More details have emerged about the tragic train crash in Trenton, Missouri that killed three people. Several news outlets, including the Kansas City Star, ABC affiliate KTVO, and the St. Joseph News-Press have provided additional information.
The Kansas City Star reported that the three killed were struck by a Burlington Northern Santa Fe (BNSF) freight train while the other sources reported that the train was Union Pacific.
TRENTON, Mo. | Three people were killed this morning when a car was struck by a Burlington Northern freight train.
The accident happened shortly before 11 a.m. in Trenton, in northwest Missouri. Heavy snow had fallen in the region, but the Missouri Highway Patrol says weather was not a factor.
All three victims were from Trenton. The patrol identifies them as the car’s driver, 24-year-old Nancy N. Groves, and her two passengers, 30-year-old Adam K. Romesburg and 28-year-old Nina A. Spencer.
The patrol says the accident happened at an uncontrolled railroad crossing. The car came to rest about 300 feet down the track.
Our thoughts and prayers continue to go out to the families and friends who lost their loved ones. They have our heartfelt condolences following this tragic event.
From comments following the Kansas City Star report, it appears this train-vehicle crash occurred at a dangerous railroad crossing:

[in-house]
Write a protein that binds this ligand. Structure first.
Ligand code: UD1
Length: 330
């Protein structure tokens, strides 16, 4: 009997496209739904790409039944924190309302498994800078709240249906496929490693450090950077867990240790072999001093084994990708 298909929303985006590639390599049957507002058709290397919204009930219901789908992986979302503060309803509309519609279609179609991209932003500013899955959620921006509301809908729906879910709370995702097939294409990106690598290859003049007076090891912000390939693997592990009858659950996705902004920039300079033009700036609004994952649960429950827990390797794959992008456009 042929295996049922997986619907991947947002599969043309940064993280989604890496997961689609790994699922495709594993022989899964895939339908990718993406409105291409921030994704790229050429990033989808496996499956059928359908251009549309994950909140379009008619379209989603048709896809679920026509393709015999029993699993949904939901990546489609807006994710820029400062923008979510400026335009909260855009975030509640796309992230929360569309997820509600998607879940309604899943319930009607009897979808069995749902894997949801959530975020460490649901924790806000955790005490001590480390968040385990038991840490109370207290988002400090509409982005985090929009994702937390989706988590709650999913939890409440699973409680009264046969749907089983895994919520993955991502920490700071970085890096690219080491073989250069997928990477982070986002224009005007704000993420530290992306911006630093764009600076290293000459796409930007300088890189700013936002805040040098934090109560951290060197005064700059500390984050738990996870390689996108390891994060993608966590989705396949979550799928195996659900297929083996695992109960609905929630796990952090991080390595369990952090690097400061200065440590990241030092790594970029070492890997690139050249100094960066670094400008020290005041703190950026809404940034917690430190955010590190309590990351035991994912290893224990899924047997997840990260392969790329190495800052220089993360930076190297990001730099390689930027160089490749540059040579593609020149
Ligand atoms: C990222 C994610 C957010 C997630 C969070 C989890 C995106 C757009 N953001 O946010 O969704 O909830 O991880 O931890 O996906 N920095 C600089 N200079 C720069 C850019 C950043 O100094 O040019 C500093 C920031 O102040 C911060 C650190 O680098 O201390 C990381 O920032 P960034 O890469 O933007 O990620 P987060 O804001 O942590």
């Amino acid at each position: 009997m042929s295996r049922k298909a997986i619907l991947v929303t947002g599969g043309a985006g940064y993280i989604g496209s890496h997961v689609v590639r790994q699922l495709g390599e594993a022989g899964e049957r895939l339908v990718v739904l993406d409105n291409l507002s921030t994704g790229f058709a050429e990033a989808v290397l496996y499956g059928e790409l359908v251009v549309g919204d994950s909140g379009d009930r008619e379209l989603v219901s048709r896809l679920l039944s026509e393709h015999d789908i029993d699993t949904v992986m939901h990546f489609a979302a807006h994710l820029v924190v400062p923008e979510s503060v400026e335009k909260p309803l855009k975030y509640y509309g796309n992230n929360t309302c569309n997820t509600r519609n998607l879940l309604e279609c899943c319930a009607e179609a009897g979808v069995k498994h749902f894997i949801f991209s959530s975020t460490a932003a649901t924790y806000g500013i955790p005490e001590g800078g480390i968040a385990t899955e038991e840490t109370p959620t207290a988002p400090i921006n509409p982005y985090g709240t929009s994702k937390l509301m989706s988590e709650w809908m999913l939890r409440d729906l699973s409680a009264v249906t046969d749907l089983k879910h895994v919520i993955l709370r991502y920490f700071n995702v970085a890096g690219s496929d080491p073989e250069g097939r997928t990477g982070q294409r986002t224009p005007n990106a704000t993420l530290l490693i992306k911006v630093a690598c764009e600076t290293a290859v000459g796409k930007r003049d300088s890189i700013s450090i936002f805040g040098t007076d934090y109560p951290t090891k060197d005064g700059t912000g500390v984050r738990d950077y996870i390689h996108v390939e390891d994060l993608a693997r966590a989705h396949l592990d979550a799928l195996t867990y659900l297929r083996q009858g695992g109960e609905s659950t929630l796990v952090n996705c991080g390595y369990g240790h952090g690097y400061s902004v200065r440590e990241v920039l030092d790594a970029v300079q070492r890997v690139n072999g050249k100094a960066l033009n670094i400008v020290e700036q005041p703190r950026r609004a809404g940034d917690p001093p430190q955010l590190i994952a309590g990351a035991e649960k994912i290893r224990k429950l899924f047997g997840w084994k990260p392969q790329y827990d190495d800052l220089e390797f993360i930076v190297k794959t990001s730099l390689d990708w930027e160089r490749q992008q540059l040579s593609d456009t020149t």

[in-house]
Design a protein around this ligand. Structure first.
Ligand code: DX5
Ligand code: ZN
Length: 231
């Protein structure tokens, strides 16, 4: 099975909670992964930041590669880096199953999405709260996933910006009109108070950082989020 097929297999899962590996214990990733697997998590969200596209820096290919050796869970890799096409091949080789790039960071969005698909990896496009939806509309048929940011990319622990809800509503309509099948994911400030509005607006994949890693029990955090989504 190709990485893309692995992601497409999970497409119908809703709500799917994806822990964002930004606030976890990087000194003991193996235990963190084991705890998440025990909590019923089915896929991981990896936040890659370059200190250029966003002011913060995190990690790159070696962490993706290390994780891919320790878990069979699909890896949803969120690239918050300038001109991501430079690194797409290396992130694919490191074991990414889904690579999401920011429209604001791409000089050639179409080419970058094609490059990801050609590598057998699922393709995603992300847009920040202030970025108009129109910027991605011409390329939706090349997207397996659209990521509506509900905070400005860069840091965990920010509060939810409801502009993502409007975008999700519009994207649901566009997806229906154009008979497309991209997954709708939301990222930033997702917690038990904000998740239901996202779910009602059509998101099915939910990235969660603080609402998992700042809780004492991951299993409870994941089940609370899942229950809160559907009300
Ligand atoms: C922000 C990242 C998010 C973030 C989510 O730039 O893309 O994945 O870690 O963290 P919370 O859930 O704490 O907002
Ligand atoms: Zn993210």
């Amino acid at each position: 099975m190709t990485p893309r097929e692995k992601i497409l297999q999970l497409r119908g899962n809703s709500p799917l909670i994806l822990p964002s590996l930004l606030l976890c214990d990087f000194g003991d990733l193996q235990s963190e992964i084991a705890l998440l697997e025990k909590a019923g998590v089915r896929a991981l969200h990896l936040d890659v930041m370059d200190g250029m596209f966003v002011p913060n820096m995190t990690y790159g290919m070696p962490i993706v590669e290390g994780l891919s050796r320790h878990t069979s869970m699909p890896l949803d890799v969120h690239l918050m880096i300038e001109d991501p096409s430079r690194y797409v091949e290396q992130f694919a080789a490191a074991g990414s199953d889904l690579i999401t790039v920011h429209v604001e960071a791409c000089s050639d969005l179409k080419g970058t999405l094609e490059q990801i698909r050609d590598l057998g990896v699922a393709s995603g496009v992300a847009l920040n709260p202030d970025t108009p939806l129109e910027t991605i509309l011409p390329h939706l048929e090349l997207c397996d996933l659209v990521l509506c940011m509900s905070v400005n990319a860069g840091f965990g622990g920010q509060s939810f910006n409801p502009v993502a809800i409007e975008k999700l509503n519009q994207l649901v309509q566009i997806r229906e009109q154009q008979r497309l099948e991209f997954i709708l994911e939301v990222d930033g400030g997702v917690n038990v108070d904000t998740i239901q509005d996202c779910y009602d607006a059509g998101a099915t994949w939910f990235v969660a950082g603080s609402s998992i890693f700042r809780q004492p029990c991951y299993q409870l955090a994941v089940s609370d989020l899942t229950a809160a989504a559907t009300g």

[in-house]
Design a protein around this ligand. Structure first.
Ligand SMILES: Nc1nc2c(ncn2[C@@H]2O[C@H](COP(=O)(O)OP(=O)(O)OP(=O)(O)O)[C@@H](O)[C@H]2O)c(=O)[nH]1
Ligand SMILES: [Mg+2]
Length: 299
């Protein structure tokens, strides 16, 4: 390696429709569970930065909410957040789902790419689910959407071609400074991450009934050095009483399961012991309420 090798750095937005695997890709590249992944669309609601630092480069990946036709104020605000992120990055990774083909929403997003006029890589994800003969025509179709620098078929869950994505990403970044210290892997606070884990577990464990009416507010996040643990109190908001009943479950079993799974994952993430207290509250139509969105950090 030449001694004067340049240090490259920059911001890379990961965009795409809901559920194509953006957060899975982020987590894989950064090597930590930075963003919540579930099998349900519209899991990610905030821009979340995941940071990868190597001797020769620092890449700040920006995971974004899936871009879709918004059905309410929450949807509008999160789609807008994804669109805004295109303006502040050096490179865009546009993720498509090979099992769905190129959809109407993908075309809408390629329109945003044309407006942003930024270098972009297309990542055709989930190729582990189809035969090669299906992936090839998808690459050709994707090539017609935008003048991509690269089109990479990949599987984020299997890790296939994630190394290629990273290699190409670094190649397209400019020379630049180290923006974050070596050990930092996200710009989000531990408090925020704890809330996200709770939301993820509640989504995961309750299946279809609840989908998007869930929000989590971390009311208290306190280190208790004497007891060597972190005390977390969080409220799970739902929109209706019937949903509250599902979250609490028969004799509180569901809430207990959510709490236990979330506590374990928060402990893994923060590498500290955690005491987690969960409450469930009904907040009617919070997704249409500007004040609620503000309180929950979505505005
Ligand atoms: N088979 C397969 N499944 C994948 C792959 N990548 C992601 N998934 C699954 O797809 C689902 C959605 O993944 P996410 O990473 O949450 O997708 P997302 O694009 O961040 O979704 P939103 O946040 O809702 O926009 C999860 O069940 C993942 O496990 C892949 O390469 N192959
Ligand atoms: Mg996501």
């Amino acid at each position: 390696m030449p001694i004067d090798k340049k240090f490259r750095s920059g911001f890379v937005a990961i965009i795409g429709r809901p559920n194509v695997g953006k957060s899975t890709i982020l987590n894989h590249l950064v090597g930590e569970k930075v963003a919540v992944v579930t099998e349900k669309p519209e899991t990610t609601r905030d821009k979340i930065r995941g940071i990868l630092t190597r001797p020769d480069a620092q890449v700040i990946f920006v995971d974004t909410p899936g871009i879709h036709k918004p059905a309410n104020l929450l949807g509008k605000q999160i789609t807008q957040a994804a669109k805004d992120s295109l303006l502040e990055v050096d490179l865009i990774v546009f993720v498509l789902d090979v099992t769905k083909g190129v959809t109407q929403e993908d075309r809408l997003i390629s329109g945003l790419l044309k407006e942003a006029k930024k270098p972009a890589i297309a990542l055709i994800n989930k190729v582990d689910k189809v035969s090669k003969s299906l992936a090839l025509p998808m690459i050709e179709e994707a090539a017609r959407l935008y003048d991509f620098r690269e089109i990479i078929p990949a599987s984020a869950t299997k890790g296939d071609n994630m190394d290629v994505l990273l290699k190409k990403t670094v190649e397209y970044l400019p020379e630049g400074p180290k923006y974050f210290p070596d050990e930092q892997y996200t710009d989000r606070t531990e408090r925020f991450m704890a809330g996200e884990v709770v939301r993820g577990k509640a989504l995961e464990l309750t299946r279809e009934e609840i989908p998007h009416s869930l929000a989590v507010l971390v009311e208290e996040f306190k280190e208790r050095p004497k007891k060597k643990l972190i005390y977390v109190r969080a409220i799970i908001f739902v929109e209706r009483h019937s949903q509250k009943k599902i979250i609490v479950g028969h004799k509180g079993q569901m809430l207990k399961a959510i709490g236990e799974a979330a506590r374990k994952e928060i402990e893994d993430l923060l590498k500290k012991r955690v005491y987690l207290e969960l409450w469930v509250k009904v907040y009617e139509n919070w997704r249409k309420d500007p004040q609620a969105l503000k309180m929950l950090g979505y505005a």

Commenter "justgottasay" said that train often park near this crossing, which confuses motorists who cannot tell if a train is moving or parked because of the sight-lines. This commenter said the road is highly traveled and "A)the train was likely not to have sounded its horn..or if so for not long [and] B) the visibility night or day is not good in this particular spot because the trains are constantly stopped near there and it is hard to tell if they are moving . . ."
There were also comments from railroad employees.
kz900jimmy wrote: "as a conductor, my heart goes out to the famalies, as well as the crew. if that crossing had gates, this could have possibility been prevented."
TigerRecneck wrote: ". . . And as for the "Profits before safety" statement, the dude is dead on. They preach all day about safety, but if it’s gonna cost them money, it goes by the wayside. everybody at any RR know it."
Commenters at KMBC.com also indicated this was a very dangerous railroad crossing:
pepper wrote: ". . . . There are No lights to flash, no arms to come down, nothing here. A man/father of 2 lost his life at this very spot years ago . . . ."
andrewstuart wrote: "I used to live near that crossing. There has been a need for a crossing gate there for years. This isnt the first time someone has died at this intersection."
Railroad companies are responsible making sure their train crossings are safe. That means the crossings have proper sight lines and visibility that allow drivers to see approaching trains, that trees and vegetation are cut back, that railroads do not park trains near the crossing (that would confuse drivers), that signals and gates are working properly, and that train crews sound a warning with the train’s horn or whistle as the train is approaching.
There have been far too many railroad crossing deaths in Missouri. Missouri was one of the top 10 deadliest states for railroad crossing accidents in 2008. There have been several train-vehicle collisions in just the past few months: